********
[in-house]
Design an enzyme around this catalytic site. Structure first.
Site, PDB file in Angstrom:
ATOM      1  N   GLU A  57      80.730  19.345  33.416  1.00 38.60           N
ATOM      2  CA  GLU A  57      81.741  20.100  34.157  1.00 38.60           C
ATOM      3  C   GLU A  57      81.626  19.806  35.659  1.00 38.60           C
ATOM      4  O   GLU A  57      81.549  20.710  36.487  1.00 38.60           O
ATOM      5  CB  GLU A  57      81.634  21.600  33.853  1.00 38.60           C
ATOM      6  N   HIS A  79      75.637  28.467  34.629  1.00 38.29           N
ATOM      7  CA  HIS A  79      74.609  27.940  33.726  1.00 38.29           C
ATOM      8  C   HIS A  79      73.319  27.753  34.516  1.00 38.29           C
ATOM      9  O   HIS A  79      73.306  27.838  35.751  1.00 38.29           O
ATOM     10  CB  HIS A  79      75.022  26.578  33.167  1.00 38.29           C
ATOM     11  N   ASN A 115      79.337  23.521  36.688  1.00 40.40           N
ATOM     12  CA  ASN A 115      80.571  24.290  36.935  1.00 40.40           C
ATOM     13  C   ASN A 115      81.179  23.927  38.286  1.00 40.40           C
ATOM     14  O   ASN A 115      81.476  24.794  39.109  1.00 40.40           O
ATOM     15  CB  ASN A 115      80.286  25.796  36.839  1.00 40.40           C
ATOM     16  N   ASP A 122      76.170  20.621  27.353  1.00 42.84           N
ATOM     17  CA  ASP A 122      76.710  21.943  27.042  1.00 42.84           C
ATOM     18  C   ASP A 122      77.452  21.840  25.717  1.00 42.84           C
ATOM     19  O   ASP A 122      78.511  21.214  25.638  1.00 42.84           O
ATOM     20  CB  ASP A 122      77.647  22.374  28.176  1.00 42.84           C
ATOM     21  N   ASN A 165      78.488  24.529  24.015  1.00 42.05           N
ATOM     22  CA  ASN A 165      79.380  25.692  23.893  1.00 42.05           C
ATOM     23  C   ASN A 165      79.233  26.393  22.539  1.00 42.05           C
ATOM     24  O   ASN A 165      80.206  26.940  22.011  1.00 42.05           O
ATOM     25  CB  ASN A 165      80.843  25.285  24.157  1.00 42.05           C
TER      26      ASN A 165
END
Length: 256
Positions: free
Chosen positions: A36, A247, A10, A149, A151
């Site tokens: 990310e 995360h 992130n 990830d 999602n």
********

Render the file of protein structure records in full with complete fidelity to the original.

[in-house]
Design an enzyme around this catalytic site. Structure first.
Site, PDB file in Angstrom:
ATOM      1  N   GLU A  57      80.730  19.345  33.416  1.00 38.60           N
ATOM      2  CA  GLU A  57      81.741  20.100  34.157  1.00 38.60           C
ATOM      3  C   GLU A  57      81.626  19.806  35.659  1.00 38.60           C
ATOM      4  O   GLU A  57      81.549  20.710  36.487  1.00 38.60           O
ATOM      5  CB  GLU A  57      81.634  21.600  33.853  1.00 38.60           C
ATOM      6  N   HIS A  79      75.637  28.467  34.629  1.00 38.29           N
ATOM      7  CA  HIS A  79      74.609  27.940  33.726  1.00 38.29           C
ATOM      8  C   HIS A  79      73.319  27.753  34.516  1.00 38.29           C
ATOM      9  O   HIS A  79      73.306  27.838  35.751  1.00 38.29           O
ATOM     10  CB  HIS A  79      75.022  26.578  33.167  1.00 38.29           C
ATOM     11  N   ASN A 115      79.337  23.521  36.688  1.00 40.40           N
ATOM     12  CA  ASN A 115      80.571  24.290  36.935  1.00 40.40           C
ATOM     13  C   ASN A 115      81.179  23.927  38.286  1.00 40.40           C
ATOM     14  O   ASN A 115      81.476  24.794  39.109  1.00 40.40           O
ATOM     15  CB  ASN A 115      80.286  25.796  36.839  1.00 40.40           C
ATOM     16  N   ASP A 122      76.170  20.621  27.353  1.00 42.84           N
ATOM     17  CA  ASP A 122      76.710  21.943  27.042  1.00 42.84           C
ATOM     18  C   ASP A 122      77.452  21.840  25.717  1.00 42.84           C
ATOM     19  O   ASP A 122      78.511  21.214  25.638  1.00 42.84           O
ATOM     20  CB  ASP A 122      77.647  22.374  28.176  1.00 42.84           C
ATOM     21  N   ASN A 165      78.488  24.529  24.015  1.00 42.05           N
ATOM     22  CA  ASN A 165      79.380  25.692  23.893  1.00 42.05           C
ATOM     23  C   ASN A 165      79.233  26.393  22.539  1.00 42.05           C
ATOM     24  O   ASN A 165      80.206  26.940  22.011  1.00 42.05           O
ATOM     25  CB  ASN A 165      80.843  25.285  24.157  1.00 42.05           C
TER      26      ASN A 165
END
Length: 256
Positions: free
Chosen positions: A36, A247, A10, A149, A151
């Site tokens: 990310e 995360h 992130n 990830d 999602n």